Reflections on the EU's "Operation Sophia"

By Dan Cadman on May 23, 2016

Not quite two weeks ago, the British House of Lords issued a report based on their examination of "Operation Sophia" and declared it to be a failure. Operation Sophia is the European Union's attempt to end the maritime smuggling of people from the shores of North Africa, primarily Libya, into the EU via Italy.

Various British media, including the BBC and the Telegraph, immediately trumpeted the news. That cannot have pleased either EU bureaucrats and sophisticates in Brussels or the anti-Brexit forces in Britain, including such unlikely bed partners as Prime Minister David Cameron of the Conservative Party and his opposition in the Labour Party given that migration, legal and illegal, is such a sensitive topic right now and inextricably entwined with the thorny issue of Britain's continued (or abandoned) EU membership.

Of course Operation Sophia is a failure. From time immemorial, the coastal peoples of North Africa have been fishermen, pirates, or smugglers of contraband and humans, exactly as opportunity provides (think "Barbary States"). Arrest one smuggler, another will take his place; destroy one boat or raft, more will be found. Laudable as anti-smuggling measures are, the key problem is that Operation Sophia focuses on the symptom and not the cause.

When government maritime operations include a component that plucks aliens out of the sea and places them directly onto the shores of the desired destination, they incentivize mass illegal migration. Smugglers only exist as long as there is a profitable market for their services. The EU is still depositing those pulled out of the waters of the Mediterranean onto Italian territory, from whence they can be "redistributed" throughout Europe, although the backlash against that notion — which has been pushed by the German and French governments — has been growing among other continental EU member states not so pleased with being recipients.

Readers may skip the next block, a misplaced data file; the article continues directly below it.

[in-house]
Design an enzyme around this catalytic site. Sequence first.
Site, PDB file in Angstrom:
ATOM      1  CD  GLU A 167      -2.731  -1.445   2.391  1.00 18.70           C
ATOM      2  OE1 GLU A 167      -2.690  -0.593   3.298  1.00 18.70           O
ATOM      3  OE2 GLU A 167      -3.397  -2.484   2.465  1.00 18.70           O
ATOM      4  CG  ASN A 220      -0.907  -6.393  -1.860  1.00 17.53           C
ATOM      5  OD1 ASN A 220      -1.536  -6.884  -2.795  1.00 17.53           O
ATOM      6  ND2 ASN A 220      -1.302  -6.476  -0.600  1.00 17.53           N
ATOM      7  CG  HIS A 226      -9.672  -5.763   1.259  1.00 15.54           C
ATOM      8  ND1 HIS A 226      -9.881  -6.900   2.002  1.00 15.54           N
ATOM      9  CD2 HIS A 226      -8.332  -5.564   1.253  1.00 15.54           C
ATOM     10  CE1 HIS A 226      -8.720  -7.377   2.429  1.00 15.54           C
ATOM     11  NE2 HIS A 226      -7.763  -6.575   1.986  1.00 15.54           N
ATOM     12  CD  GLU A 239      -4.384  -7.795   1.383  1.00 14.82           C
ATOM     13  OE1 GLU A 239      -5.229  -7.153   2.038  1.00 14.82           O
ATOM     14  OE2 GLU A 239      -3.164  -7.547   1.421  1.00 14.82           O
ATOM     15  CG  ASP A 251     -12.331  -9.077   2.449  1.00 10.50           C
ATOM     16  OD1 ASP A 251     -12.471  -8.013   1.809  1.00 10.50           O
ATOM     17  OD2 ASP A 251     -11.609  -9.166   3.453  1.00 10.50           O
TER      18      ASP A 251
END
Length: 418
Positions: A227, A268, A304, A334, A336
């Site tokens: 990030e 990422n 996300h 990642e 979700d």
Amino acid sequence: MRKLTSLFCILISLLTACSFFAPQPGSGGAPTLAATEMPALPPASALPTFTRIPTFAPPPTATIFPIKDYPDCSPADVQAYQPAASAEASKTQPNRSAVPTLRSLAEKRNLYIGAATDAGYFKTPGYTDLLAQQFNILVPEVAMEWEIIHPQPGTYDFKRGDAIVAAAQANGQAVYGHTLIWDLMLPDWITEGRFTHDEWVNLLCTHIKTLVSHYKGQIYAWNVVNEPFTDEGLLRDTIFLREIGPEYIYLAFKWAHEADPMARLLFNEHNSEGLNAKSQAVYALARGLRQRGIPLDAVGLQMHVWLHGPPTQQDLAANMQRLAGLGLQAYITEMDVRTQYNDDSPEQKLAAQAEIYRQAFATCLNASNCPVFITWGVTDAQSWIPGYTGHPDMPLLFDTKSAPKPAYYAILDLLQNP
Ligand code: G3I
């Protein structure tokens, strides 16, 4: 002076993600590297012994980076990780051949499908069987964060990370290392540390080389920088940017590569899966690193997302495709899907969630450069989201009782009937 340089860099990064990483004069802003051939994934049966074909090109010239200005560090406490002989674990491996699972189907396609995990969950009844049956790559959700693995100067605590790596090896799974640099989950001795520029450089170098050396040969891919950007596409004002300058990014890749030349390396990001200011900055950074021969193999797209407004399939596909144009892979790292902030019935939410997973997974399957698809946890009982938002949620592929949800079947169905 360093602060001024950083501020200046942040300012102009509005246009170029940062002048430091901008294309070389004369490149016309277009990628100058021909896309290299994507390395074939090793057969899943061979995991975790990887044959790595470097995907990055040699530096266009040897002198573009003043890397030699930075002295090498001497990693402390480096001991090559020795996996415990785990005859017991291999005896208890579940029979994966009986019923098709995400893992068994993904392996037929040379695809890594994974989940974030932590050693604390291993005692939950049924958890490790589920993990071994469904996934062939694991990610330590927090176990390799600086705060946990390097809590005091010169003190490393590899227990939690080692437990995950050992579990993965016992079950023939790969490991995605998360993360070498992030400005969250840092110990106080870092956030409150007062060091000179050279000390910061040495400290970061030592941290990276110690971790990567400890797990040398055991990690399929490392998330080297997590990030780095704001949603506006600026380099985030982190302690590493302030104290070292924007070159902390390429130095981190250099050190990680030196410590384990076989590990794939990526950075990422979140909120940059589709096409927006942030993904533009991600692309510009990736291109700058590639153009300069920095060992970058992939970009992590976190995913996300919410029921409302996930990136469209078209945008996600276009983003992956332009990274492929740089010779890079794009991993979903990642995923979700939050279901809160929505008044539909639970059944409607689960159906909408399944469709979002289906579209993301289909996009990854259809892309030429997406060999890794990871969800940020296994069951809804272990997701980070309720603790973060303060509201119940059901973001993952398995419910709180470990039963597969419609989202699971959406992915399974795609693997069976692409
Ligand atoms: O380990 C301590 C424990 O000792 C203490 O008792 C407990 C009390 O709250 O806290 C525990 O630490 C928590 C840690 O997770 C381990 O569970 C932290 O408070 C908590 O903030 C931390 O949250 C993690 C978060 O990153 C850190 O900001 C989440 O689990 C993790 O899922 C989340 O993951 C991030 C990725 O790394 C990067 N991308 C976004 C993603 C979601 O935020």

In fact, the naval and coast guard vessels plying the waters of the mid- and western Med as a part of Operation Sophia have actually made it easier for smugglers to simply tow unseaworthy vessels crammed with people out to the midway point and abandon them to be found by their official rescuers, inshallah, or drown as the case may be; it makes little difference to the smugglers as long as they have been paid.

It would be easy to disdain the Europeans as naive and foolhardy for not making the logical linkage between their treatment of the aliens and the continued flow. But out own government is doing much the same thing. Consider its outrageous "Central American Minors" program to fly aliens — by no means all of them children, notwithstanding the misleading name — to the United States, even when they fail to qualify for refugee status (see here and here). This is done in the name of "family unification", even when they are being unified with parents, siblings, and children who are themselves illegally in the country.

Or consider our government's toleration of the unabated flow of Cubans into Central and South American countries, and their movement northward, even via chartered flights to deliver them to southern land ports of entry where they are paroled into the United States despite their lack of visas or other entry documents, or even any scintilla of evidence that they are legitimate asylees who fear persecution from the Cuban government. In this latter case, as I mentioned in a recent teleconference, I have begun to suspect — although I cannot prove it — that in some surreptitious way or another, our very own government has underwritten the cost of those flights; Latin countries generally don't have the deep pockets that it takes to pay for charter aircraft, which are expensive.

If there is a difference between the reactions of the EU and the U.S. governments right now, it may very well be that the Europeans are in fact naifs who don't have enough experience with illegal migration in the modern context to be able to connect the dots, whereas given our country's depth and breadth of experience, this administration knows very well what it is doing. Having dismantled the mechanisms of immigration enforcement, they are now doing what they can in the waning months of their rule to ensure that the breakdown is as permanent as they can make it, and the "Take Care Clause" of the Constitution be damned.